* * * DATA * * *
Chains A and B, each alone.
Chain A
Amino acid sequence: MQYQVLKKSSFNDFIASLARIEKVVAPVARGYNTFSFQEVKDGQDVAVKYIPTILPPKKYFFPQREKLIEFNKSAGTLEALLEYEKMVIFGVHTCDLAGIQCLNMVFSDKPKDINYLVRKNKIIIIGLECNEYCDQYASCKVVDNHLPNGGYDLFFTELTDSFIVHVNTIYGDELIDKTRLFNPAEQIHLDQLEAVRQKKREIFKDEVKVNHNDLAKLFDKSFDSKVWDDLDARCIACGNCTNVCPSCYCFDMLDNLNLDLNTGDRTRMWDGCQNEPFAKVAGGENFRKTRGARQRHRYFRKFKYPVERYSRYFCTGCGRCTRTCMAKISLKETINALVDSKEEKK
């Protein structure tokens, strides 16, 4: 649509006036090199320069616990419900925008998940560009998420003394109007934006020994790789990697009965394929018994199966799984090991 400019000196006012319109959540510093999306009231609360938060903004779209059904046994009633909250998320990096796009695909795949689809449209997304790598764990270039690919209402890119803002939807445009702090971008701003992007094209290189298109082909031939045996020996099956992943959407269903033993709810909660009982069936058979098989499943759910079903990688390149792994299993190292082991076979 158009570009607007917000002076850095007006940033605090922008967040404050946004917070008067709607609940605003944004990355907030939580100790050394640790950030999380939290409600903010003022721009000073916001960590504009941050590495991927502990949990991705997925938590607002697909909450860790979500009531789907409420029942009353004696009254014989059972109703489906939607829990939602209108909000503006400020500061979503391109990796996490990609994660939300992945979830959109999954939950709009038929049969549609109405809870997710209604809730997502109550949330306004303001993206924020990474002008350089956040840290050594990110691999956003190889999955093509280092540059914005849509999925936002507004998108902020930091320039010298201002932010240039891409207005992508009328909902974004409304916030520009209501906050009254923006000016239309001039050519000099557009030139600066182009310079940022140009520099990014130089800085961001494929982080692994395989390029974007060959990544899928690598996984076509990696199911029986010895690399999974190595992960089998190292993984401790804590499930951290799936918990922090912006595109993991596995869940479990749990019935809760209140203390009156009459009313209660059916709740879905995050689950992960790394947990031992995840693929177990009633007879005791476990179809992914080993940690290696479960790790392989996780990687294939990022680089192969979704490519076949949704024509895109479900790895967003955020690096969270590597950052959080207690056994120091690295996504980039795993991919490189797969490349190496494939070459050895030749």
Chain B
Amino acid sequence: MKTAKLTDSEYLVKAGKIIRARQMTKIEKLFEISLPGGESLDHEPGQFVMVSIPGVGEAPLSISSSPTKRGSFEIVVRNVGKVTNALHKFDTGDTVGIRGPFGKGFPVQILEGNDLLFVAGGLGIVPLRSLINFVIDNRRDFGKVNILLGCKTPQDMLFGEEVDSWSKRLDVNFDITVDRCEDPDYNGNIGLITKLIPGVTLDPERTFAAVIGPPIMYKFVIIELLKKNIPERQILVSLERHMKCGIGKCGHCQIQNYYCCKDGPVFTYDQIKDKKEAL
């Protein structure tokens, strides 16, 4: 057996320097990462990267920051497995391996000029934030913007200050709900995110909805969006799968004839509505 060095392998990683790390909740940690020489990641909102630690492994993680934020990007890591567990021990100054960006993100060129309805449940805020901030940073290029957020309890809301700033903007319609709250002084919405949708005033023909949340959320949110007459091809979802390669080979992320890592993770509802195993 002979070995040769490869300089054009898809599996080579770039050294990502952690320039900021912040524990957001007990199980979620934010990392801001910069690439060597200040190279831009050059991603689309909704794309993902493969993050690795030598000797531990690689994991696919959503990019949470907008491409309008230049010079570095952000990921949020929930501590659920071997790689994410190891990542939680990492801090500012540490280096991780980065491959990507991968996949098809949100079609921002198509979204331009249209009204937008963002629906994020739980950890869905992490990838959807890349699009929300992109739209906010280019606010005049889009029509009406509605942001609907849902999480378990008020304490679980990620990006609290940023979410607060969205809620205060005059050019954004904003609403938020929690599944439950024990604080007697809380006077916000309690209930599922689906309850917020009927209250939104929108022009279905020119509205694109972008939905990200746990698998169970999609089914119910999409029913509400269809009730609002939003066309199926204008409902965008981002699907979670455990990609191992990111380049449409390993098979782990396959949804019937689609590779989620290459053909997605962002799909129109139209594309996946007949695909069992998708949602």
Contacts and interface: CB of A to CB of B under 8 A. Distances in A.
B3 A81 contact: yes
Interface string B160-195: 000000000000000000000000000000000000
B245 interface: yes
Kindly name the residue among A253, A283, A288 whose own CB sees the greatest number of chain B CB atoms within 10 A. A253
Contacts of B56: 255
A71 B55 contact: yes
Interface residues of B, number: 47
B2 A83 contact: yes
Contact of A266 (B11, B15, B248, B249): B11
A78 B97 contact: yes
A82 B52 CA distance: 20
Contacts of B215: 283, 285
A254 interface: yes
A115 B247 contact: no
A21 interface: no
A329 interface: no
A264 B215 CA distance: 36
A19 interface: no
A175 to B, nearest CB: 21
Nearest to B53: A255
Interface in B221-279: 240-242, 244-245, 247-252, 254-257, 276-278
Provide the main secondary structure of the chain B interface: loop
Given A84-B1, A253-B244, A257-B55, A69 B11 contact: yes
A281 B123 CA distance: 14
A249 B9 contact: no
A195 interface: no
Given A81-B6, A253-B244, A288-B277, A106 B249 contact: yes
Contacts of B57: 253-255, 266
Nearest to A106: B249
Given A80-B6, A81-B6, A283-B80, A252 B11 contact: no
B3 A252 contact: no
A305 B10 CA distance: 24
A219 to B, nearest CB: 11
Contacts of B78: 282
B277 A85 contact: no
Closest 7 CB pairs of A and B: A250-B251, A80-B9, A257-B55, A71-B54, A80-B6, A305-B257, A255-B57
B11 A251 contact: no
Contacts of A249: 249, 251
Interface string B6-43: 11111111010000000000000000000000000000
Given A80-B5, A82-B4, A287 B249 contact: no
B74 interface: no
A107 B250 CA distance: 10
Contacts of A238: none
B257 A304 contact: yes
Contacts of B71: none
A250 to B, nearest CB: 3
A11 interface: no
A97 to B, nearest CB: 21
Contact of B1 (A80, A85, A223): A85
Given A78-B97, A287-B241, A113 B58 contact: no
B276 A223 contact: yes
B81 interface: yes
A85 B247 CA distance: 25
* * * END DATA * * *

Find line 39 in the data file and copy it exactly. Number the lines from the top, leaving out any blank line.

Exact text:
B3 A252 contact: no